Steroids are forbidden because they are dangerous, you would suppose. Really? In comparison to what, exactly? See what happens if you swallow a bottle of Tylenol. See what happens if you swallow a bottle of Vitamin C. See what happens if you drink three gallons of water in one sitting.
What happens if you inject a full 10 cc bottle of testosterone? It's possible that you'll get a headache. MAYBE. What happens if you inject a whole vial of testosterone every day for a week? You'll probably gain 15 pounds on your bench, your bad cholesterol will probably increase, and you'll likely retain some water.
If you keep doing this for a month, your bench will likely increase by 50 pounds, your testes will cease releasing endogenous testosterone and atrophy significantly, and you may get acne on your shoulders and back. MAY. What happens if you stop taking testosterone? Everything stabilizes and goes back to normal – with (and without) PCT (post-cycle therapy).
After weeks of bingeing on whole bottles of Tylenol and Vitamin C, you can't say that. The acetaminophen, on the other hand, will almost certainly have permanently harmed or died your liver, while the vitamin C will have burned a hole in your stomach. However, steroids are banned, while Tylenol and vitamin C may be bought over the counter — even disguised as gummy bears!
EXACTLY WHAT THE LAW SAYS
Despite this reality, President George H. W. Bush signed the "Anabolic Steroids Control Act of 1990" into law 25 years ago, placing anabolic steroids to Schedule III of the DEA's list of banned chemicals. Scheduling a drug implies categorizing it based on its hazards, effectively making it a controlled substance that is prohibited. Schedule I drugs are the most deadly, while Schedule V drugs are the safest.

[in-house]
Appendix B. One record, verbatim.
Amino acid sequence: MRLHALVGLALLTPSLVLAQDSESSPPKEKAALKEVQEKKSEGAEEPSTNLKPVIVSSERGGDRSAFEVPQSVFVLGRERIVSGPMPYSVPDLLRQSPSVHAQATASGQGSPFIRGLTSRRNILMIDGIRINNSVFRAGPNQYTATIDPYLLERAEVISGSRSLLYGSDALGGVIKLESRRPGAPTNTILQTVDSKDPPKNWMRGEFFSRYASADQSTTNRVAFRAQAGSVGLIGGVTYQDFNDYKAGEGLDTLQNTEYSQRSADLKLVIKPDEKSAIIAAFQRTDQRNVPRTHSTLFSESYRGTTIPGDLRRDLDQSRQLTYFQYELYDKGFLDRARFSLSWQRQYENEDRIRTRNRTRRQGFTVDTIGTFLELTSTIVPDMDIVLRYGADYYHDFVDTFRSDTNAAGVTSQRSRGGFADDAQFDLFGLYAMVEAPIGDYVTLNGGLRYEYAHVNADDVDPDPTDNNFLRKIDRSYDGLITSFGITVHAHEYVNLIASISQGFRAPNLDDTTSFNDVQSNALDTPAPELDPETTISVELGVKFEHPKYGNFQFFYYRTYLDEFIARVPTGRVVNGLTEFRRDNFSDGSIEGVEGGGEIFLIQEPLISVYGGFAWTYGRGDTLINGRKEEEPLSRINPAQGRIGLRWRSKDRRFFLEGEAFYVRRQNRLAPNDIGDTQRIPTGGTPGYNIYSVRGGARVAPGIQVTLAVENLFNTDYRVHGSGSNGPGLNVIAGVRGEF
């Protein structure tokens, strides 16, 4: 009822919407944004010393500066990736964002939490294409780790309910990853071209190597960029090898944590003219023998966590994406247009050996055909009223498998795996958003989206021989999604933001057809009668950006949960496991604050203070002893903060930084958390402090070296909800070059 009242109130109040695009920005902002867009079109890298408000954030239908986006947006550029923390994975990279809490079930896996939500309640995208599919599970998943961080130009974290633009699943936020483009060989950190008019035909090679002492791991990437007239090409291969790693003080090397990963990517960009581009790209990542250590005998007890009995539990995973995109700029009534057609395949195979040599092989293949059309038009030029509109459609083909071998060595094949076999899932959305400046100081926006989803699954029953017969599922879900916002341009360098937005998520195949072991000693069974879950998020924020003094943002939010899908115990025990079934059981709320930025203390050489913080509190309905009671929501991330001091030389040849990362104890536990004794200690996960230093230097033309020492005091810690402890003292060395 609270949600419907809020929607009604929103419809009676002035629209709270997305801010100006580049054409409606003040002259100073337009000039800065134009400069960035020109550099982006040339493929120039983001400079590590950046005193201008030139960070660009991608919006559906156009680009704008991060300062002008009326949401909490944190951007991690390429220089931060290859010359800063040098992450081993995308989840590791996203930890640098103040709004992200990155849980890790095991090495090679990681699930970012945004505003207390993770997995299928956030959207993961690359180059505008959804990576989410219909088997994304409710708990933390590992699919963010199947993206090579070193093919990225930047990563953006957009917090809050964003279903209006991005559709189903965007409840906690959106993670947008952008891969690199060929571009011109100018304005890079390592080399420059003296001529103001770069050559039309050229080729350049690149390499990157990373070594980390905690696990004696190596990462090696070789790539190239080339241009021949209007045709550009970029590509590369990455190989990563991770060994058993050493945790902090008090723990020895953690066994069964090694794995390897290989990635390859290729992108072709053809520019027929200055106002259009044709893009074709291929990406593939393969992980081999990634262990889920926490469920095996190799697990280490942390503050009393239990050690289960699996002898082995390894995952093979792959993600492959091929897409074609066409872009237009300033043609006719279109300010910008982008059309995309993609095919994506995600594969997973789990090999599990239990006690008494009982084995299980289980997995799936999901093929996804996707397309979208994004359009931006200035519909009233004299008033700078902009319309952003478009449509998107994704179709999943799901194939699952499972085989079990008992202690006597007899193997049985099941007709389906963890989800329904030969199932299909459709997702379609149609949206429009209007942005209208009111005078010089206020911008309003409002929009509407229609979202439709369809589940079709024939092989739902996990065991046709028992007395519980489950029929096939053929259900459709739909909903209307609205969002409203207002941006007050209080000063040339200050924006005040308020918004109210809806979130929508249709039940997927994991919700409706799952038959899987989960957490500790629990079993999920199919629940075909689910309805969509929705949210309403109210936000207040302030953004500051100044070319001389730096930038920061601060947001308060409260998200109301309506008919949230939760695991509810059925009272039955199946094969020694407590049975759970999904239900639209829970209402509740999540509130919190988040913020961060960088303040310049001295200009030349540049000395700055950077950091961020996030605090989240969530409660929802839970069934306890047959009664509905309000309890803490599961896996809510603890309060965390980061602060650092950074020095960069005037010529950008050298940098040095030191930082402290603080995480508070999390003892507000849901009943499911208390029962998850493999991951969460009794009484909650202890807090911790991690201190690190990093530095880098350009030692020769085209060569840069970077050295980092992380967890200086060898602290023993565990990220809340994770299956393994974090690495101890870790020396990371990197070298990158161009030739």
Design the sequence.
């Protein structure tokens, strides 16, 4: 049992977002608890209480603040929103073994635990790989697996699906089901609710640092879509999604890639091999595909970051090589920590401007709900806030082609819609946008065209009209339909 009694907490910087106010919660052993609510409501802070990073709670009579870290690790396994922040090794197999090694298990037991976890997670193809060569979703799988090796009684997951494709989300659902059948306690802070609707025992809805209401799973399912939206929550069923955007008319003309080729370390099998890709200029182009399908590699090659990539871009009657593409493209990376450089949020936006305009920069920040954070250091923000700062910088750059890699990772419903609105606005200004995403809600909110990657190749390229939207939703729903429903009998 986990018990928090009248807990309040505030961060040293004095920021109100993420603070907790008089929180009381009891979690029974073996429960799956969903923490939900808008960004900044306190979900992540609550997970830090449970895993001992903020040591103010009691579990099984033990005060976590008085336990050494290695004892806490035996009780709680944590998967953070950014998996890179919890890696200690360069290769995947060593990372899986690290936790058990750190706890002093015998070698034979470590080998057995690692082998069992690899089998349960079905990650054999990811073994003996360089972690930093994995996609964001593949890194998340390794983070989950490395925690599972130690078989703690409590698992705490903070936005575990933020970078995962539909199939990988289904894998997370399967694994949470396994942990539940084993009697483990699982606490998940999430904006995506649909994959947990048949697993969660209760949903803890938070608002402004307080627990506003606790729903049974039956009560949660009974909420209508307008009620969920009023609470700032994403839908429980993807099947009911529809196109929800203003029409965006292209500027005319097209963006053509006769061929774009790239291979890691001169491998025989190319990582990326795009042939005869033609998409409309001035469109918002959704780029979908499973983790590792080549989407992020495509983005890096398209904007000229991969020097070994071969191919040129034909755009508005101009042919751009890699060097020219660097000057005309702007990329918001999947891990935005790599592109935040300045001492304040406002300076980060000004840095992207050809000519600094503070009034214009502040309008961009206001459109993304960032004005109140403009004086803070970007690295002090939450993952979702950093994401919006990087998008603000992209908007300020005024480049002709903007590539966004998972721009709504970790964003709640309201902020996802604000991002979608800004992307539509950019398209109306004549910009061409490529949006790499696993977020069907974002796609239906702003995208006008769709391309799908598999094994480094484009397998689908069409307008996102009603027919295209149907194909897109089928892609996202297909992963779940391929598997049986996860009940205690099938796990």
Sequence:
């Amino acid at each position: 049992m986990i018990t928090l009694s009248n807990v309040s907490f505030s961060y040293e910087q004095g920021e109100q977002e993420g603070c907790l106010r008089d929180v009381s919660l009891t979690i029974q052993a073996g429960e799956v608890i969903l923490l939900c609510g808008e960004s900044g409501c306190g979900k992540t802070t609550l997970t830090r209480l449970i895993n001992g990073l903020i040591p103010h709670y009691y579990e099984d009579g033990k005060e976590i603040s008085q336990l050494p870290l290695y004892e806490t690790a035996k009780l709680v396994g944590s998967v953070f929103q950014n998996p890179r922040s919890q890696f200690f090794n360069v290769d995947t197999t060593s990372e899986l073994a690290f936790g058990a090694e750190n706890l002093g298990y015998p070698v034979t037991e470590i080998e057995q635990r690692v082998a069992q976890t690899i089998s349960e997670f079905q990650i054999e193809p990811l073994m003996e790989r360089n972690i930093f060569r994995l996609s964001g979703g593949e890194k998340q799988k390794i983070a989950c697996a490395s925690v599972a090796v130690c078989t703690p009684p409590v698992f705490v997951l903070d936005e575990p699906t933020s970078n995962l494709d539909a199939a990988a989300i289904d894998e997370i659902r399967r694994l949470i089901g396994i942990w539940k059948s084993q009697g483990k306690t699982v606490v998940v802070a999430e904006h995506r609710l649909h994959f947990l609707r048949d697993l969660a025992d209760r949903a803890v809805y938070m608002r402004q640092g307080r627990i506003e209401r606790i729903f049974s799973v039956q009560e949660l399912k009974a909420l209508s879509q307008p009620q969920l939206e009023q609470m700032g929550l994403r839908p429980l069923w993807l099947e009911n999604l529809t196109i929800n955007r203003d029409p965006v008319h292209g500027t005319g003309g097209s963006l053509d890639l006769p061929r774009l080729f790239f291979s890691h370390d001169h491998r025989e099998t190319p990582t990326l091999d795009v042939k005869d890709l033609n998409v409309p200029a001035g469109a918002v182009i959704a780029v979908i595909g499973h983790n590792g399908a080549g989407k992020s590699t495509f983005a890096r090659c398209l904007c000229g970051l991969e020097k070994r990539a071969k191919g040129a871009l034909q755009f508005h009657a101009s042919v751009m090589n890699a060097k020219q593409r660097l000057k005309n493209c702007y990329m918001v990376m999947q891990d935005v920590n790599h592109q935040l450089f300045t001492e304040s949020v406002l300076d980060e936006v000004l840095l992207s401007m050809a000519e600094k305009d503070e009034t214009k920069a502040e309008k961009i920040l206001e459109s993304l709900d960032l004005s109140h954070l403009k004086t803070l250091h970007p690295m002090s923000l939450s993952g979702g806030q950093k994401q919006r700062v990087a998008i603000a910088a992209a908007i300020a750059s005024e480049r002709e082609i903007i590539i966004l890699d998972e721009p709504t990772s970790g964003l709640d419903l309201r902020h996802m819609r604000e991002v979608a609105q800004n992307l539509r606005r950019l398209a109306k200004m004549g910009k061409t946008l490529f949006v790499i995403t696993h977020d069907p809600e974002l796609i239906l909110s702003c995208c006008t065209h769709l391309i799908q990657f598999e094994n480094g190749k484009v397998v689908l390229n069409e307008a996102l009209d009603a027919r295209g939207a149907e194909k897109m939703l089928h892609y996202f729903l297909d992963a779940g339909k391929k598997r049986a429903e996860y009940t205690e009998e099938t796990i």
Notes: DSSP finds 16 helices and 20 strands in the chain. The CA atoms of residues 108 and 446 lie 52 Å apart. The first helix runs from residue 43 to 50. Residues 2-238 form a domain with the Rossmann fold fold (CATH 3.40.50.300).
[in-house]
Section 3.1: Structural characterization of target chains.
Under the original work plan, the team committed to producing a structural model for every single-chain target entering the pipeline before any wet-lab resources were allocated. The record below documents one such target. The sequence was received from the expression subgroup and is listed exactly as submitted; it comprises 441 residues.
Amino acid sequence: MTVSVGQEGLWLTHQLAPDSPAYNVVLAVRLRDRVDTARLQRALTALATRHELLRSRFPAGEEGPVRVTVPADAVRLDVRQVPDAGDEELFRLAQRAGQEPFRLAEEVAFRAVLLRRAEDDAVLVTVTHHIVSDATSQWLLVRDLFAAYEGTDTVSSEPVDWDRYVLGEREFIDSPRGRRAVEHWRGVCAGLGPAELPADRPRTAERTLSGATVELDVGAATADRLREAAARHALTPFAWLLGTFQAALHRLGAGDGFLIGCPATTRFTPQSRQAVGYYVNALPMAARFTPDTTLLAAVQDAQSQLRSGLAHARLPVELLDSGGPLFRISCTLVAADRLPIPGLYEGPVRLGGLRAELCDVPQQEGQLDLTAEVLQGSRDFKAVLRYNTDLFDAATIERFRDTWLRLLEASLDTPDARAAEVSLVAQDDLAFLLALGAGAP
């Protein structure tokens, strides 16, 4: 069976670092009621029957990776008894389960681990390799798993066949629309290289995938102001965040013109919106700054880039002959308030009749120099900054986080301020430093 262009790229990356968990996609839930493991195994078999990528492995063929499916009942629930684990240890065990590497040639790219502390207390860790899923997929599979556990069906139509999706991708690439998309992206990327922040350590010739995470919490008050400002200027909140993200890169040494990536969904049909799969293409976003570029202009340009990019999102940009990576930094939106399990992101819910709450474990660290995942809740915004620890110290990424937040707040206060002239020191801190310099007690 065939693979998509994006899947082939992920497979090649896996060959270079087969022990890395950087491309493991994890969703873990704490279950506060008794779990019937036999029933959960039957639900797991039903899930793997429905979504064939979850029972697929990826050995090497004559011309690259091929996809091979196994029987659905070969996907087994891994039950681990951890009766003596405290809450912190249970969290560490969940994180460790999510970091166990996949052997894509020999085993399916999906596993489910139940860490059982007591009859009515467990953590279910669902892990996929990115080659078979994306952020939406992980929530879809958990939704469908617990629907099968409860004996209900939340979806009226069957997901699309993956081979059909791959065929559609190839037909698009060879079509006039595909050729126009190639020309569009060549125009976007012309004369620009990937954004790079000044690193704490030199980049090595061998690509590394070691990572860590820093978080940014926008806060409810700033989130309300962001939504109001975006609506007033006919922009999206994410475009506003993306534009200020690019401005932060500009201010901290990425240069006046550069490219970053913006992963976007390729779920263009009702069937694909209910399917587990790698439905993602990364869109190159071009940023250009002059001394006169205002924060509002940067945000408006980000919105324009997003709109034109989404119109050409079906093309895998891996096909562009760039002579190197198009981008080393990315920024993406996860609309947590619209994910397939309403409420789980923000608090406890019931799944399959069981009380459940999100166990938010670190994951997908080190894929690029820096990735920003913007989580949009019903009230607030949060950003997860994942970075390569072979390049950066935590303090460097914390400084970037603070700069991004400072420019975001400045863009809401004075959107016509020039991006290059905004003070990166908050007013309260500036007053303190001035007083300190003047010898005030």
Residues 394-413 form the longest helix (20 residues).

In 2004, the law was revised to include prohormones and other "steroid like" chemicals in the category, making anything that mimics testosterone, its derivatives, or its effects illegal.
Isn't it incredible? Steroids, a naturally occurring substance, are classified in the same legal category as amphetamines, methamphetamines, opiates, and morphine, despite the fact that, unlike the other drugs mentioned, they have no noticeable euphoric effects or impairment. This conundrum raises the question: Should steroids be legal? Twenty-five years later, this conundrum begs the question: Should steroids be legal? The answer is yes, and here’s why.
EVEN THE GOVERNMENT BREAKS THE LAW